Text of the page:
Current theology of religions discourse, particularly arguments for religious pluralism, has come to a standstill, since S. Mark Heim has critiqued John Hick, Wilfred Cantwell Smith, and Paul Knitter’s pluralistic theologies for being insufficiently pluralistic. It is my contention that Heim’s historical frame, a constitutive element of his more pluralistic hypothesis, is insufficiently historical. As a corrective to Heim, I propose the historical frame of Ernst Troeltsch, which I use to construct a soteriological theology of religions that is sufficiently pluralistic and historical.
Heim critiques religious pluralism for being insufficiently pluralistic, because it postulates a conception of salvation that is applicable to all religions. In contrast to this, Heim proposes a more pluralistic hypothesis, which results in the postulation of multiple salvations. I critique Heim’s historical frame (and thus his proposal that there are multiple salvations), on the grounds that it is insufficiently historical. His historical frame is insufficiently historical in that he utilizes a cultural-linguistic theory of religion, which argues that religion is bound to its grammar, as rendered by its founding story. Heim’s hypothesis is insufficiently historical because his theory of religion is essentialistic in nature and thus ahistorical.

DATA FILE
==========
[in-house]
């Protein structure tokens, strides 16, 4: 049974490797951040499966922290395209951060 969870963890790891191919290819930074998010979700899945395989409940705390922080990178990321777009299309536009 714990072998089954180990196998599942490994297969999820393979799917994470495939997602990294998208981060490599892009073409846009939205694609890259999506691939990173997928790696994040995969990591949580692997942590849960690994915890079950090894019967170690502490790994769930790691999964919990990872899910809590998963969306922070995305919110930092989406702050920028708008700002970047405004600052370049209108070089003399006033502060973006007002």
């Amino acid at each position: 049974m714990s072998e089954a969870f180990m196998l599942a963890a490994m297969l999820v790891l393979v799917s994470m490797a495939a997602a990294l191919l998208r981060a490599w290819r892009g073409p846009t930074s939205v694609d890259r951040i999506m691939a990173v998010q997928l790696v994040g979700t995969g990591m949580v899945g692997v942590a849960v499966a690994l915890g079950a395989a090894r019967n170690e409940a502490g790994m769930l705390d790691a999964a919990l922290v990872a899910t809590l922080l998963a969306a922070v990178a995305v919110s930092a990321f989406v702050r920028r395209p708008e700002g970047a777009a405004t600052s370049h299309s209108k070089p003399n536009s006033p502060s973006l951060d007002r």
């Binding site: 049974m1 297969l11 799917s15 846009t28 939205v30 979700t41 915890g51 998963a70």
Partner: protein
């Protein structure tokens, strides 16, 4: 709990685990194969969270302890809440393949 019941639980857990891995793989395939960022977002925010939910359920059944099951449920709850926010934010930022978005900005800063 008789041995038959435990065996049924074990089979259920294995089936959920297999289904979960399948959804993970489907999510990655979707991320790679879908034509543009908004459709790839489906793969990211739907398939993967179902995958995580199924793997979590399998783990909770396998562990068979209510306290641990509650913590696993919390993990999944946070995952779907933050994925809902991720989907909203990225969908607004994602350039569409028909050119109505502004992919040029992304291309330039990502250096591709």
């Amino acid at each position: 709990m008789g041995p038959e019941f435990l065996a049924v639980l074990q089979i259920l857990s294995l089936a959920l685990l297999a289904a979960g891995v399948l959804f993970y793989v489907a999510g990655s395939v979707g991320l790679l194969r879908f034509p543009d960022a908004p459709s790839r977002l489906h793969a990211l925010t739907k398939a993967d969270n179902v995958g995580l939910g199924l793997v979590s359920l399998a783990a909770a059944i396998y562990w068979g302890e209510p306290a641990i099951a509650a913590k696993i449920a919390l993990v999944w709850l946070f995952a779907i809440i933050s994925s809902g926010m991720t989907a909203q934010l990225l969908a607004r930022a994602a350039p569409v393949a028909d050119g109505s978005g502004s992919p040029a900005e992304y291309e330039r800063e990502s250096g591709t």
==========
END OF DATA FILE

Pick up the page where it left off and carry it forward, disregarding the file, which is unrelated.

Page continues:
As a corrective to Heim, I propose the historical frame of Troeltsch. The use of Troeltsch’s historical frame, however, requires me to address historicism (i.e., historical relativism), normativity, and theological construction. The viability of theological construction is dependent on the possibility of normativity within historicism since the workability of the faith-history-ethics triad is reliant on the possibility of deducing norms from history. I suggest pragmatic historicism, which offers a viable argument for normativity through the conjoining of historicism and pragmatism. The possibility of normativity, in turn, justifies the use of the triad to construct theology.
In lieu of Heim’s hypothesis, I propose a constructive Christian theology of religions that is an amalgamation of a soteriological theology of religions, a modified Kaufmanian humanization, and new ethnography. This combination constitutes a valid argument for religious pluralism because, contra Heim’s critique of religious pluralism, it is sufficiently pluralistic, and in making reference to my critique of Heim, it is sufficiently historical.